14 Steps to Thriving at an Individualized Education Plan (IEP) Meeting

It is October.  That time of year where days get shorter, nights get longer, and we are all a bit more aware of what goes bump in the night.

October was also the time of year my family would go through the Individualized Education Plan (IEP) process.  It was always a stressful, and sometimes scary part of our month.  As we focus on things that are scary this month in the lives of of our kiddos, we are going to tackle how to be successful at this.

IEPs can either be a Godsend or the worse hour(s) of your life that year.   We have been through both.  High Roads School in Maryland is excellent!  California and Florida, we had some significant struggles.  We have had successes and failures. 

Background: IEP’s are designed to make the learning experience beneficial to all students.  After all, we are different children with different needs.  A team of administrators, teachers, specialists, and parents work collaboratively to help the child succeed academically. When it works, it is a phenomenal process.

Problem:  IEP meetings seldom work collaboratively and, for a parent unaware of the bureaucracy of the district can be very overwhelming and frustrating.

How do we survive these necessary yearly meetings, while ensuring our children thrive? Here is what I have learned having done IEPs in three different states across America.

Track Progress in all aspects of life

1.       Track Progress:  If you have been following me, you know I believe in data collection and how it can be beneficial to us in all areas of our lives.  In regards to behavior, this has been essential to us understanding our son’s behavior and what effects it.  We track his progress socially, behaviorally, and academically.  Journaling, goal setting, progress reports, report cards, all help a parent understand the multiple levels of a child a better.  This is essential to know how to help your child in the school system.

2.       Review progress reports:  It is really easy to lose track of progress reports in the chaos of what comes home (or emailed from school).  But progress reports are a great way to see what your child likes, doesn’t like, struggles with, or excels at.  We need to know where we have been to know where we are going. This is a vital tool for preparing for you IEP. This is also a great way to stay in touch with teachers throughout the year.

3.       Research IEP Goals: Typically, a month to three weeks prior to a scheduled IEP, I research IEP goals.  This is easily done using a Google search of “sample IEP reading goals” or “sample IEP math goals.”  Do this for each subject.  I cut/paste the ones I think my kid will enjoy and have success with.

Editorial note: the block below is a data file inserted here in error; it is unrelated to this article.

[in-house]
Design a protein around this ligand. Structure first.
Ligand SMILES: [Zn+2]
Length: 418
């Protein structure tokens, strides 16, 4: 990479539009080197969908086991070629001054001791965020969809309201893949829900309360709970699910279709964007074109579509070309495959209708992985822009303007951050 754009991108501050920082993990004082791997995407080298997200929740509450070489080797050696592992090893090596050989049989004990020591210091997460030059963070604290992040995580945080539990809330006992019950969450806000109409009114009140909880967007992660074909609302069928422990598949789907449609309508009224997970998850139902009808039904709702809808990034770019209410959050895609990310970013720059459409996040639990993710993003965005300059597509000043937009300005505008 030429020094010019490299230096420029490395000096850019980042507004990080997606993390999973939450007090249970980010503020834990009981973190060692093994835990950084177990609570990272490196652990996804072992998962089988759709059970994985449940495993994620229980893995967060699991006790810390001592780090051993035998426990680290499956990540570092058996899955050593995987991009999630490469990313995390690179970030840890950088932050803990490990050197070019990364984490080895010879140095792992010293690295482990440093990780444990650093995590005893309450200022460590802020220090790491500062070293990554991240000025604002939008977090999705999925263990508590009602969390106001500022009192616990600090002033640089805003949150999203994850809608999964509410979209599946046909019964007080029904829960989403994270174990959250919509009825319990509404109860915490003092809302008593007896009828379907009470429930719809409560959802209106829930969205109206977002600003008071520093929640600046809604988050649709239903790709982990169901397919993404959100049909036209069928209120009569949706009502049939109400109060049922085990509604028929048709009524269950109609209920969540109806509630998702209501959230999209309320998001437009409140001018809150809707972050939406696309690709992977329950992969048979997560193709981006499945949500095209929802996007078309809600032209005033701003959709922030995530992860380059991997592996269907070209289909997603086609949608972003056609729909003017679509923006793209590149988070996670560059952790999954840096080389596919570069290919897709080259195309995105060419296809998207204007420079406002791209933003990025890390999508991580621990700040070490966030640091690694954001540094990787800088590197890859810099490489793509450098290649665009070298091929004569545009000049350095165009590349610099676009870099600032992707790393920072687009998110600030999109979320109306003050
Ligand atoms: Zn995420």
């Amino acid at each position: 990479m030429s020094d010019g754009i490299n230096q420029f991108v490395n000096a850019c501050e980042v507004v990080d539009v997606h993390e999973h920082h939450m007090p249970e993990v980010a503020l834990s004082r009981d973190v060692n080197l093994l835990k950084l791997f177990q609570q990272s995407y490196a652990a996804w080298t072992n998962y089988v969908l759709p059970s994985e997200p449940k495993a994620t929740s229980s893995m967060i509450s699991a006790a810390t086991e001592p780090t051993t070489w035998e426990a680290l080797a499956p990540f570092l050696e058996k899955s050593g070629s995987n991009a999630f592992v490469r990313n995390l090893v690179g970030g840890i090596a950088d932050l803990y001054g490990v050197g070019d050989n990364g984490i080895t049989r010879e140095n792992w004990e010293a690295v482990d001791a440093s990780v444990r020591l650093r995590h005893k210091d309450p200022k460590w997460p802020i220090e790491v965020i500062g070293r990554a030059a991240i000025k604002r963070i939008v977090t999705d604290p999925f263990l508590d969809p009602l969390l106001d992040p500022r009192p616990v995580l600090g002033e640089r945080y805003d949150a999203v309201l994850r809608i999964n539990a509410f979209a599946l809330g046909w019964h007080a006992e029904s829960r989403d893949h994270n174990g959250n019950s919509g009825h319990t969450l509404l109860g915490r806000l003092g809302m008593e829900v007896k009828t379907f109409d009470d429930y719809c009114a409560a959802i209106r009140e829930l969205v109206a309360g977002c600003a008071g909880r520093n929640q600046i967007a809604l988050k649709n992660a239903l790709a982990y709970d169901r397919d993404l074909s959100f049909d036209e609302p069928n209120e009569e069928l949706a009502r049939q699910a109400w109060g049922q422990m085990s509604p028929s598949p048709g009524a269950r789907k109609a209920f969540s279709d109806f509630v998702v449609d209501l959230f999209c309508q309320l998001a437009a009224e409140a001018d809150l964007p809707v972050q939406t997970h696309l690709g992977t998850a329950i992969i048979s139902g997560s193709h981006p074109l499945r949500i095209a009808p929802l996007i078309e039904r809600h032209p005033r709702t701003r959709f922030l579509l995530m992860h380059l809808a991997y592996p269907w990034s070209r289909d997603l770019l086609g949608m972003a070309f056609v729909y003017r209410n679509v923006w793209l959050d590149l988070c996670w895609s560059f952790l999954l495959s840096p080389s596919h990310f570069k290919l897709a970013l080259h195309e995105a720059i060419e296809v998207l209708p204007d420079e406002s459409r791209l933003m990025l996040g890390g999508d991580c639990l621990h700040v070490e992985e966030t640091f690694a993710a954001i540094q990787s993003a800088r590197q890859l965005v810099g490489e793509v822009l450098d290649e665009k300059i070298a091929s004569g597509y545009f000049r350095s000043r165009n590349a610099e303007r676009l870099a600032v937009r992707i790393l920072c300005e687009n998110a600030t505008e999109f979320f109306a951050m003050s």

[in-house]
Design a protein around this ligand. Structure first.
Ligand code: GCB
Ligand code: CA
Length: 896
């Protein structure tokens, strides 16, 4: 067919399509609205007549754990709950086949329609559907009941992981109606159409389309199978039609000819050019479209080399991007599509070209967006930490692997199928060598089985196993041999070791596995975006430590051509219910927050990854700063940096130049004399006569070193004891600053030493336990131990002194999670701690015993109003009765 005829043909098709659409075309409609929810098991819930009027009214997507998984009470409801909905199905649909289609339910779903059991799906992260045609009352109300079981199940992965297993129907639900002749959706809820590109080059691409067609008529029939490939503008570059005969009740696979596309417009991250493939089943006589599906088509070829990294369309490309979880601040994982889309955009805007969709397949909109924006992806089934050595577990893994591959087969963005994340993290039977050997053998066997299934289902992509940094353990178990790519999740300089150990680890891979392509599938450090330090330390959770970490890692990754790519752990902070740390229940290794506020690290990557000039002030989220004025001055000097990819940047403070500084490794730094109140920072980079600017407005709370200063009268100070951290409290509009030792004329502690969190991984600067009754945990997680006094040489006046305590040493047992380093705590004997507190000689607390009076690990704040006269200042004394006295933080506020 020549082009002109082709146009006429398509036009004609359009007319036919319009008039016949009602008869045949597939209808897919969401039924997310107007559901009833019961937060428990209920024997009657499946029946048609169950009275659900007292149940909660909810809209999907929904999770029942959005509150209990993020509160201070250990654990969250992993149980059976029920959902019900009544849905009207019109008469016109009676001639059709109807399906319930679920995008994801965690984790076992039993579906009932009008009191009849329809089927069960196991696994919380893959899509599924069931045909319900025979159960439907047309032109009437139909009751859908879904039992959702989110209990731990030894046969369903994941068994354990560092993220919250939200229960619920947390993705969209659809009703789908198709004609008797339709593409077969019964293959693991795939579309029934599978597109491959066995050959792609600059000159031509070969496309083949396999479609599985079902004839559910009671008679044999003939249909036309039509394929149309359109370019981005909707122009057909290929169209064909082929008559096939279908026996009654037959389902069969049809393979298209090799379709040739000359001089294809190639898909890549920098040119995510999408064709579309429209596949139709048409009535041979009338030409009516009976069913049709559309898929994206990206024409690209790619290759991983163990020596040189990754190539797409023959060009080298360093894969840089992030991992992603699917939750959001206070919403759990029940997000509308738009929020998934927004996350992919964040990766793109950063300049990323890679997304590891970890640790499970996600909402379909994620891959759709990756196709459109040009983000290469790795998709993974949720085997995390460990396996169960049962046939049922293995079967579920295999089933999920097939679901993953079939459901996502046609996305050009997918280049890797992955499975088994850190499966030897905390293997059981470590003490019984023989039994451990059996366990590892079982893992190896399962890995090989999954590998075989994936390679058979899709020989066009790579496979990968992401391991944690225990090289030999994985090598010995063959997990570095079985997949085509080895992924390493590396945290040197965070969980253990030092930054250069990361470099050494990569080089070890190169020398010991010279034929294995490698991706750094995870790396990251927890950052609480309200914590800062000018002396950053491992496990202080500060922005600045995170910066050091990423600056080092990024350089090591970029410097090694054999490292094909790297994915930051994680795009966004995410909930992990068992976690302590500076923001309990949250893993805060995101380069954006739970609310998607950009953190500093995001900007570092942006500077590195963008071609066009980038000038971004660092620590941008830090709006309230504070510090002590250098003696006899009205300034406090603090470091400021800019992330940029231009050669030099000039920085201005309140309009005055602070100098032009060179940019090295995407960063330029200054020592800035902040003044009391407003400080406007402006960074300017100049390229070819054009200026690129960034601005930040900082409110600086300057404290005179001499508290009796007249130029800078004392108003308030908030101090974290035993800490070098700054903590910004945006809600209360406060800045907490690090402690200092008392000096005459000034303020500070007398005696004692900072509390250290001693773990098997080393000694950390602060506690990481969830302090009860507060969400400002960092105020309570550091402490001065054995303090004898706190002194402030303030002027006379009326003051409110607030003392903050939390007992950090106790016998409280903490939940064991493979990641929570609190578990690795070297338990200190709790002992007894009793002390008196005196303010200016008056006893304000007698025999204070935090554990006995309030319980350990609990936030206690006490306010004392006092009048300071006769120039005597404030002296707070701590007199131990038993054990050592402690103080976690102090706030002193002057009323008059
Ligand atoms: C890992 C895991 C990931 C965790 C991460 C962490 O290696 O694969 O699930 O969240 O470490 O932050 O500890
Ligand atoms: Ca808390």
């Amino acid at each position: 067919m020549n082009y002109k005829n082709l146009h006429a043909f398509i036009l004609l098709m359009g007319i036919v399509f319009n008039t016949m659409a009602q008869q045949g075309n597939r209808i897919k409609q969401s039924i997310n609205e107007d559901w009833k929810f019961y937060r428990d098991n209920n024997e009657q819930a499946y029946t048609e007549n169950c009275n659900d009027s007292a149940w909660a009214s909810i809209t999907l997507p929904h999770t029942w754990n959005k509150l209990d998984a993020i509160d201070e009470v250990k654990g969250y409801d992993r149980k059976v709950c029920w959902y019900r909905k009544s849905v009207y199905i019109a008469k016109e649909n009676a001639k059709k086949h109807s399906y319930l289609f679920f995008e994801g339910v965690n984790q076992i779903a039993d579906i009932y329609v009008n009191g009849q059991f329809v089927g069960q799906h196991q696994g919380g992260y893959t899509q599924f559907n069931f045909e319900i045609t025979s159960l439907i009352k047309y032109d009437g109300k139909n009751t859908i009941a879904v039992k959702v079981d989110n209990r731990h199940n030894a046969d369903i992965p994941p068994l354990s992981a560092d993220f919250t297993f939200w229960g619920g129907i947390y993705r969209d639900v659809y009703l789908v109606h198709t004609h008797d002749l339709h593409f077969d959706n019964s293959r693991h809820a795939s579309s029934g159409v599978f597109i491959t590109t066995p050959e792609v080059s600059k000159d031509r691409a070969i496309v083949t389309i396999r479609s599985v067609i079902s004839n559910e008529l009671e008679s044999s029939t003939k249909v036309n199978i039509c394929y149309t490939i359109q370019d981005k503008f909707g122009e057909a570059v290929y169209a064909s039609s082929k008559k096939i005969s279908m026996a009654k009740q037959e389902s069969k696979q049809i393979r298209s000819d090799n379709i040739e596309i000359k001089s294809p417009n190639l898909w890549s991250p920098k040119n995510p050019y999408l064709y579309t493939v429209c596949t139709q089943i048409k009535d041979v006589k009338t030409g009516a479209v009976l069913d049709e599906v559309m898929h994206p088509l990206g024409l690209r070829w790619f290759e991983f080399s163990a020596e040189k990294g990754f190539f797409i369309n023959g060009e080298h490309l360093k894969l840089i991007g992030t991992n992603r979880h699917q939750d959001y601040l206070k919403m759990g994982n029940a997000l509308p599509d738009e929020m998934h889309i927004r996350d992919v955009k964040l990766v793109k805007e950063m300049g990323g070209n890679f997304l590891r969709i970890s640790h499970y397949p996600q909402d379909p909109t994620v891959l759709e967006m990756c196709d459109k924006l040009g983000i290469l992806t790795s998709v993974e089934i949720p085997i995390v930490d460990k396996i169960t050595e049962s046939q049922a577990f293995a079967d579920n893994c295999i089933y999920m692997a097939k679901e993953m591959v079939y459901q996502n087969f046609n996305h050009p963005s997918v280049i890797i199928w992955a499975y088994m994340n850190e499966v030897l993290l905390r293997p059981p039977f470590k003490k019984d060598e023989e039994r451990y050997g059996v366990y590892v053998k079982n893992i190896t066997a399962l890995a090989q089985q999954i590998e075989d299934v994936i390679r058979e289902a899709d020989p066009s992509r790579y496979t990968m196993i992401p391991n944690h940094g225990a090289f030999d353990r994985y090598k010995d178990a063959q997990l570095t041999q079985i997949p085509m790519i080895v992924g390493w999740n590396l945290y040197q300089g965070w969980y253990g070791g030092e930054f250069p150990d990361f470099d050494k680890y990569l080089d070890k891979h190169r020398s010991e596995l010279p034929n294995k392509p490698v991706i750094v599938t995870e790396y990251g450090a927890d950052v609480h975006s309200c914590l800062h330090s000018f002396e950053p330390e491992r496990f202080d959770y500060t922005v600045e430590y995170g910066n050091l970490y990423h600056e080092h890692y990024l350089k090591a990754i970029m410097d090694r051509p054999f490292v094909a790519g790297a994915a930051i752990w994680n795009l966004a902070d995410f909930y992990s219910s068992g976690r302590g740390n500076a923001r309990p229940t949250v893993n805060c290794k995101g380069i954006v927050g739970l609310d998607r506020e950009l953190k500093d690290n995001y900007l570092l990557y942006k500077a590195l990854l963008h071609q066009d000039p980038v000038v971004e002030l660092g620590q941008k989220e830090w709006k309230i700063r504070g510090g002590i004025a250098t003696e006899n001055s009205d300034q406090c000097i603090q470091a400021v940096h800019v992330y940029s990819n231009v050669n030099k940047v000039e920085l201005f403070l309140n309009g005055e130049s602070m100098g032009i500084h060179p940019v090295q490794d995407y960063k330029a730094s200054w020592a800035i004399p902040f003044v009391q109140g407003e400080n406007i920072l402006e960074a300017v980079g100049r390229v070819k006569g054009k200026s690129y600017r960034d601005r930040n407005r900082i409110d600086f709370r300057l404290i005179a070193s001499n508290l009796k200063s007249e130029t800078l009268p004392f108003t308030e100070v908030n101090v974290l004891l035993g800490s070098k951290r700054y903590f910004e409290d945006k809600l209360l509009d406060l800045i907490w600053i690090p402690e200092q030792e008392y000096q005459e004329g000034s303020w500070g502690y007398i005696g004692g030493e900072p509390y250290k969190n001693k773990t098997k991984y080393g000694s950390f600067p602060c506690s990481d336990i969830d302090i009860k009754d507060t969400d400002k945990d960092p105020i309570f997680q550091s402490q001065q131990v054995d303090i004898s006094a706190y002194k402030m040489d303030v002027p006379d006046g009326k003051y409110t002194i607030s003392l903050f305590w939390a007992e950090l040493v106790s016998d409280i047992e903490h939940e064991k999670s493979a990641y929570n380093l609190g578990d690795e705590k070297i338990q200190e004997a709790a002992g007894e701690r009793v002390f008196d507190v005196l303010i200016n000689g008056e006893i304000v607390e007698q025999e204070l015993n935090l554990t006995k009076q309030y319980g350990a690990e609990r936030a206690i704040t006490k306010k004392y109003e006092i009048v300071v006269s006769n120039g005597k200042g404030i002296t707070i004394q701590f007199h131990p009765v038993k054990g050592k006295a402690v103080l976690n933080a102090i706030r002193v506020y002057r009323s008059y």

4.        Be realistic: Select realistic goals.  You cannot set realistic goals without the above steps completed.  More importantly, you need to choose goals that can be accomplished in the timeframe provided, while leaving room to grow.  Have faith in the child to meet expectations and goals.  Children are resilient and can do way more than we think they are capable of.

5.       Prep teachers/communicate early: Teachers are a strong voice in the meeting because they spend a lot of time with the child.  Don’t wait for an IEP to communicate your concerns, joys, and goals.  They will be more likely to advocate for the child if they believe the parents are working on the same team and not against them.  The education team will likely meet a week or two prior to your scheduled meeting.  Give the teacher your views and goals.  This will help incorporate your ideas prior to the meeting scheduled (and save you time in the long run).  I usually explain this in person and then do a follow-up email to the teacher.

6.       Include social goals: This is really easy to forget when you are surrounded by teachers and administrators who want to focus on academics only.  But school is more than just academics.  Social goals are essential to classroom management, lunch, recess, PE, games, turn-taking, and so much more. Include social goals in the IEP and see how much your child grows both academically and as an individual.

7.       Get rough draft: Most districts will send a rough draft of their meeting home in order to streamline the meeting with the parents.  Go through this with a fine-tooth comb.  I used a highlighter system to show what I agreed with and what I did not.  I also tabbed the pages I wanted a further discussion on.  Most IEPs are lengthy, so this made it quick to refer to things for discussion and help ensure the meeting focused on the more important issues.  I also make changes.

8.       Return revised draft with your changes/edits: Return the changes you made in writing to both the teacher and school prior to the scheduled meeting.  This will ensure the school has time to make the needed changes, or prepare for why they disagree.